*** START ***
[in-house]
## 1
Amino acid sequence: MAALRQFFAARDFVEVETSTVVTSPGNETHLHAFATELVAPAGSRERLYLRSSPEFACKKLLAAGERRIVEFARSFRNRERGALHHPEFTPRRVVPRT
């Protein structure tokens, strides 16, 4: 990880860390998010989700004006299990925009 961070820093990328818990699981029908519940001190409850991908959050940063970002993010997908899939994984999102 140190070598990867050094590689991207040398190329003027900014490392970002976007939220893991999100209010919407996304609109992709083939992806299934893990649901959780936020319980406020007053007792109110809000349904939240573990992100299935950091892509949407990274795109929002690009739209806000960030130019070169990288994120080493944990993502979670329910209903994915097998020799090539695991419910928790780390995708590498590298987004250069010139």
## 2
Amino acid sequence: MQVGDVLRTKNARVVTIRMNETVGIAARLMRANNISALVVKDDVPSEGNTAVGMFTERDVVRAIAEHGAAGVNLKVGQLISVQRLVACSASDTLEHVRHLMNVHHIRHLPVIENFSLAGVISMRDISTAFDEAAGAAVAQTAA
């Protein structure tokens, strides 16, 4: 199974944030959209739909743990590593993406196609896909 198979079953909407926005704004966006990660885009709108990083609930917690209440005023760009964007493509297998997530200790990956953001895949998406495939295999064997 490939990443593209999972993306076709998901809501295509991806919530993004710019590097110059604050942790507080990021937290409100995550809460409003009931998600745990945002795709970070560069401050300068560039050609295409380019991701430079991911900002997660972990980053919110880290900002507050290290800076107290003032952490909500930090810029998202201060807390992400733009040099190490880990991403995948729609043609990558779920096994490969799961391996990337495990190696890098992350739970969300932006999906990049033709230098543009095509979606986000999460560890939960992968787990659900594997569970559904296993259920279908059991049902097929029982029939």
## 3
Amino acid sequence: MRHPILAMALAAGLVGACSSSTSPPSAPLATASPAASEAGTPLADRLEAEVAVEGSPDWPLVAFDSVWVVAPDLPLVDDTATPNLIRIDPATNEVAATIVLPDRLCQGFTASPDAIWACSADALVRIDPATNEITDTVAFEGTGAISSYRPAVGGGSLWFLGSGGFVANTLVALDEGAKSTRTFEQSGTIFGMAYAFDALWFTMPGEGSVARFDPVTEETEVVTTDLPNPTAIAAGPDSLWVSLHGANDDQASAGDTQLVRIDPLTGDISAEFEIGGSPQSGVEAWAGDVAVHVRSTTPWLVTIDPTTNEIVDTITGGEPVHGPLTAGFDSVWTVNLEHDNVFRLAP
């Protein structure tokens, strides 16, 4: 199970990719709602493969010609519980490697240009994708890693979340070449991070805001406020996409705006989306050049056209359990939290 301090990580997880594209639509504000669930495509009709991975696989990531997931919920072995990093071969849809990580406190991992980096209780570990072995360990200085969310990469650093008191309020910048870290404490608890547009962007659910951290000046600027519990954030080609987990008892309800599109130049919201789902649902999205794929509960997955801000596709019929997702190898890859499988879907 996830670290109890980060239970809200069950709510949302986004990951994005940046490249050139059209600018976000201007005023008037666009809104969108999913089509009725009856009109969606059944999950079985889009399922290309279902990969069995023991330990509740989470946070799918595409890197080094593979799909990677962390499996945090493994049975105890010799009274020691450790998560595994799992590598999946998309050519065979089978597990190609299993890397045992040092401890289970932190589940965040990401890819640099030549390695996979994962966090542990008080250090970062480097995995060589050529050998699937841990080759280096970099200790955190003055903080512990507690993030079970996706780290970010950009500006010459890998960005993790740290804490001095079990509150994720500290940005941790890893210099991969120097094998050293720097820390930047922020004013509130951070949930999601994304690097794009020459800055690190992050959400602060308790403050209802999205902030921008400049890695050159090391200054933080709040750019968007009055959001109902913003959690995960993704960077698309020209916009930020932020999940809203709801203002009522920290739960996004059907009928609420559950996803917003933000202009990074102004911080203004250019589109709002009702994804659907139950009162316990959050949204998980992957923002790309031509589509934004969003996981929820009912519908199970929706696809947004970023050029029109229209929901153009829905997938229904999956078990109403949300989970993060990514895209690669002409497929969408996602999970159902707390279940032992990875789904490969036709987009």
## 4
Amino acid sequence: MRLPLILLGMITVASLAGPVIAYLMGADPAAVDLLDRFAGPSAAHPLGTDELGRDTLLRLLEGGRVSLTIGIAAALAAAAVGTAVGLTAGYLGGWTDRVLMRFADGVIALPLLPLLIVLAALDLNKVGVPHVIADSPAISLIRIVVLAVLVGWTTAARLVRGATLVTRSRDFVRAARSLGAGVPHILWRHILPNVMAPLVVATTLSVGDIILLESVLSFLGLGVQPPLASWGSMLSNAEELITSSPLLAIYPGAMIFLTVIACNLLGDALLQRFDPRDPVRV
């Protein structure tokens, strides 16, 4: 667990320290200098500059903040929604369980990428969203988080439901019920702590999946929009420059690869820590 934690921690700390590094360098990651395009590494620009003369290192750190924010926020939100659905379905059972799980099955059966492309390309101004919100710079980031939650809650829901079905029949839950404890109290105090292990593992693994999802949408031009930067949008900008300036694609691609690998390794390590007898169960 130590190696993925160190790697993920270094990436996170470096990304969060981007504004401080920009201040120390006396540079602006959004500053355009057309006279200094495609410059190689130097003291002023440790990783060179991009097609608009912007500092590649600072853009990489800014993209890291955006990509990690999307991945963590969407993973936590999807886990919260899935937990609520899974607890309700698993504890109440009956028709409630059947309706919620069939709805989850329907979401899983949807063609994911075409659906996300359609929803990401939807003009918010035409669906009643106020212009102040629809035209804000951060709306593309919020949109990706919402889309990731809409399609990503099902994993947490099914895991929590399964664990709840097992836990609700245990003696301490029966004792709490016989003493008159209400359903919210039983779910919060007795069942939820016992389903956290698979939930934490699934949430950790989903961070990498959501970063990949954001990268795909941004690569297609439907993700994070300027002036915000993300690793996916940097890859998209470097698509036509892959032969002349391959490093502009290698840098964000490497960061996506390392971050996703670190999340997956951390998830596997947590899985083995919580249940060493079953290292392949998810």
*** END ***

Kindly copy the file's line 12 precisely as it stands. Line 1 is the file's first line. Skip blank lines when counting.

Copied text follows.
Amino acid sequence: MRLPLILLGMITVASLAGPVIAYLMGADPAAVDLLDRFAGPSAAHPLGTDELGRDTLLRLLEGGRVSLTIGIAAALAAAAVGTAVGLTAGYLGGWTDRVLMRFADGVIALPLLPLLIVLAALDLNKVGVPHVIADSPAISLIRIVVLAVLVGWTTAARLVRGATLVTRSRDFVRAARSLGAGVPHILWRHILPNVMAPLVVATTLSVGDIILLESVLSFLGLGVQPPLASWGSMLSNAEELITSSPLLAIYPGAMIFLTVIACNLLGDALLQRFDPRDPVRV